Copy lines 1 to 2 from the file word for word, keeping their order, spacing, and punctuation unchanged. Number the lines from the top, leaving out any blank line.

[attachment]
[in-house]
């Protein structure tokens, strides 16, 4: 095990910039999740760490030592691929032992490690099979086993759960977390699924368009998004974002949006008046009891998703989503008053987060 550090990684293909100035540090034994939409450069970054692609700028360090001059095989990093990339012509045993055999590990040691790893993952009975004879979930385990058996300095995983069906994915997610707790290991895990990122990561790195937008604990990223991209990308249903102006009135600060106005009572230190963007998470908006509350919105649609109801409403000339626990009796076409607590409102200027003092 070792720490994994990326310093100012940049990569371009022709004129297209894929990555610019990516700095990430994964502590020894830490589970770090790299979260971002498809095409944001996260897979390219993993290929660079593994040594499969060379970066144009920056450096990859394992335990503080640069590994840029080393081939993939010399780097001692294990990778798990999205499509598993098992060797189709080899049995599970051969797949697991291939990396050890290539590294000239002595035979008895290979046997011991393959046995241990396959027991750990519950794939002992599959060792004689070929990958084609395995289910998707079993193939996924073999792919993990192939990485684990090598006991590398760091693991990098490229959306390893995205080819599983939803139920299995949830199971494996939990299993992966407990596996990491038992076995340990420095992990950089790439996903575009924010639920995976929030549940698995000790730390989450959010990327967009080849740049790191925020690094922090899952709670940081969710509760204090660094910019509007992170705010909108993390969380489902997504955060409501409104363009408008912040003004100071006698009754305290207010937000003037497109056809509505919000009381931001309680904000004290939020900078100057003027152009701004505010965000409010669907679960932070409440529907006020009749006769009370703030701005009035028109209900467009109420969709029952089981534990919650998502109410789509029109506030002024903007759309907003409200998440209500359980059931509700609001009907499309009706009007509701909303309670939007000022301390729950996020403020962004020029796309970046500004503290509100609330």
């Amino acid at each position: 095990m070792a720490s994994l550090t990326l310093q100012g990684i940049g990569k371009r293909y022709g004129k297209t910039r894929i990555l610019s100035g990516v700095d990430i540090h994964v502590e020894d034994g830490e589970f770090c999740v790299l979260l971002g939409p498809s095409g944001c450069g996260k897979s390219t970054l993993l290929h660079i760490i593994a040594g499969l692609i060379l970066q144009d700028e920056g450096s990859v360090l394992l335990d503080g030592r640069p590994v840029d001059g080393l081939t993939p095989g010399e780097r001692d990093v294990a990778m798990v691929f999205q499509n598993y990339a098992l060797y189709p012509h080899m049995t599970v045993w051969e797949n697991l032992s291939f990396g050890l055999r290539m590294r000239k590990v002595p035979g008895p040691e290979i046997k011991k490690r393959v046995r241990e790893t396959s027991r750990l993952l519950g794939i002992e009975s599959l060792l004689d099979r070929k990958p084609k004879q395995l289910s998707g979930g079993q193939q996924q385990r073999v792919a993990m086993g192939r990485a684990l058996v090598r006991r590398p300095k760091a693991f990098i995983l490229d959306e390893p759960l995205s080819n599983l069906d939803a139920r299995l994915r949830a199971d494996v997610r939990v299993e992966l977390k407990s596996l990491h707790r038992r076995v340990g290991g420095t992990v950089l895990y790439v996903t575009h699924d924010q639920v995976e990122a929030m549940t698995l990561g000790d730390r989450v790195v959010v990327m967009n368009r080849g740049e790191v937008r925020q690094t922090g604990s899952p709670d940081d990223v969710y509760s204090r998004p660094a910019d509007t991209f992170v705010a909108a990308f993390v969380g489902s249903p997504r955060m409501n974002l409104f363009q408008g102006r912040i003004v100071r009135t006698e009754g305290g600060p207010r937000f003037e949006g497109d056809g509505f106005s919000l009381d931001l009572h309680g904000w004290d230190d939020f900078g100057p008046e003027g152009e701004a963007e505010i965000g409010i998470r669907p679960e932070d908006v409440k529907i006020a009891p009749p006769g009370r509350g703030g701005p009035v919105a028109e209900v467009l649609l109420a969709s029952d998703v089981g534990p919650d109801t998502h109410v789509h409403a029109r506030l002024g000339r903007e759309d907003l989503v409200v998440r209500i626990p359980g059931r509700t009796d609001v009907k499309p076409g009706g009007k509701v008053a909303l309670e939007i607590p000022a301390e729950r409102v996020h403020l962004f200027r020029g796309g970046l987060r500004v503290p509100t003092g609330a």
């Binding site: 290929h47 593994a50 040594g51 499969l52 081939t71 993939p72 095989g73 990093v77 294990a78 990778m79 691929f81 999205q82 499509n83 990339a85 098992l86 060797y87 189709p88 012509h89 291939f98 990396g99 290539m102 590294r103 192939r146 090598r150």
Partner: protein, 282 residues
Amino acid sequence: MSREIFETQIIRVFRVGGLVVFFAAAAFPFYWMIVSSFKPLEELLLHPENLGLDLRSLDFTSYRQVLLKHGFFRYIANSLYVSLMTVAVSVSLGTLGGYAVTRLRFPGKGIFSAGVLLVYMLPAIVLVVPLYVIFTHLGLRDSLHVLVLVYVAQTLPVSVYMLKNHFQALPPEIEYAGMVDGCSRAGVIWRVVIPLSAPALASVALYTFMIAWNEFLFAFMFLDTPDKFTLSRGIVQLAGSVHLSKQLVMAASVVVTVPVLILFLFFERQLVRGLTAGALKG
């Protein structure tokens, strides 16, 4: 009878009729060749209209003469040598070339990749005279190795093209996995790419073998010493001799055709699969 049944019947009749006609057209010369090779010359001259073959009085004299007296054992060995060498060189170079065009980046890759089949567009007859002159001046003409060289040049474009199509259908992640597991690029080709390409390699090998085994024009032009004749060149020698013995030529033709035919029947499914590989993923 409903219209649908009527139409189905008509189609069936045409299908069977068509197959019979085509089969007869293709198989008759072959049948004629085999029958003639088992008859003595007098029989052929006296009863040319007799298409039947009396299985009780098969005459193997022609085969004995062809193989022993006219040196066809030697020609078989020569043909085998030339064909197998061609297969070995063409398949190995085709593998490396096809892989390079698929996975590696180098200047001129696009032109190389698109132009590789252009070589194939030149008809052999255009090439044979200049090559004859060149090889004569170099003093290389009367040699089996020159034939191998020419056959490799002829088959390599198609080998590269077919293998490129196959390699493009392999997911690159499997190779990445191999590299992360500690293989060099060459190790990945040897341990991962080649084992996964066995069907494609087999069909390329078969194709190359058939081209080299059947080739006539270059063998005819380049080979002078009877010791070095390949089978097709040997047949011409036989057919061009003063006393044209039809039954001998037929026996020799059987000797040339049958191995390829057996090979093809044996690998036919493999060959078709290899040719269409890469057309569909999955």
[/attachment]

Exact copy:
[in-house]
């Protein structure tokens, strides 16, 4: 095990910039999740760490030592691929032992490690099979086993759960977390699924368009998004974002949006008046009891998703989503008053987060 550090990684293909100035540090034994939409450069970054692609700028360090001059095989990093990339012509045993055999590990040691790893993952009975004879979930385990058996300095995983069906994915997610707790290991895990990122990561790195937008604990990223991209990308249903102006009135600060106005009572230190963007998470908006509350919105649609109801409403000339626990009796076409607590409102200027003092 070792720490994994990326310093100012940049990569371009022709004129297209894929990555610019990516700095990430994964502590020894830490589970770090790299979260971002498809095409944001996260897979390219993993290929660079593994040594499969060379970066144009920056450096990859394992335990503080640069590994840029080393081939993939010399780097001692294990990778798990999205499509598993098992060797189709080899049995599970051969797949697991291939990396050890290539590294000239002595035979008895290979046997011991393959046995241990396959027991750990519950794939002992599959060792004689070929990958084609395995289910998707079993193939996924073999792919993990192939990485684990090598006991590398760091693991990098490229959306390893995205080819599983939803139920299995949830199971494996939990299993992966407990596996990491038992076995340990420095992990950089790439996903575009924010639920995976929030549940698995000790730390989450959010990327967009080849740049790191925020690094922090899952709670940081969710509760204090660094910019509007992170705010909108993390969380489902997504955060409501409104363009408008912040003004100071006698009754305290207010937000003037497109056809509505919000009381931001309680904000004290939020900078100057003027152009701004505010965000409010669907679960932070409440529907006020009749006769009370703030701005009035028109209900467009109420969709029952089981534990919650998502109410789509029109506030002024903007759309907003409200998440209500359980059931509700609001009907499309009706009007509701909303309670939007000022301390729950996020403020962004020029796309970046500004503290509100609330």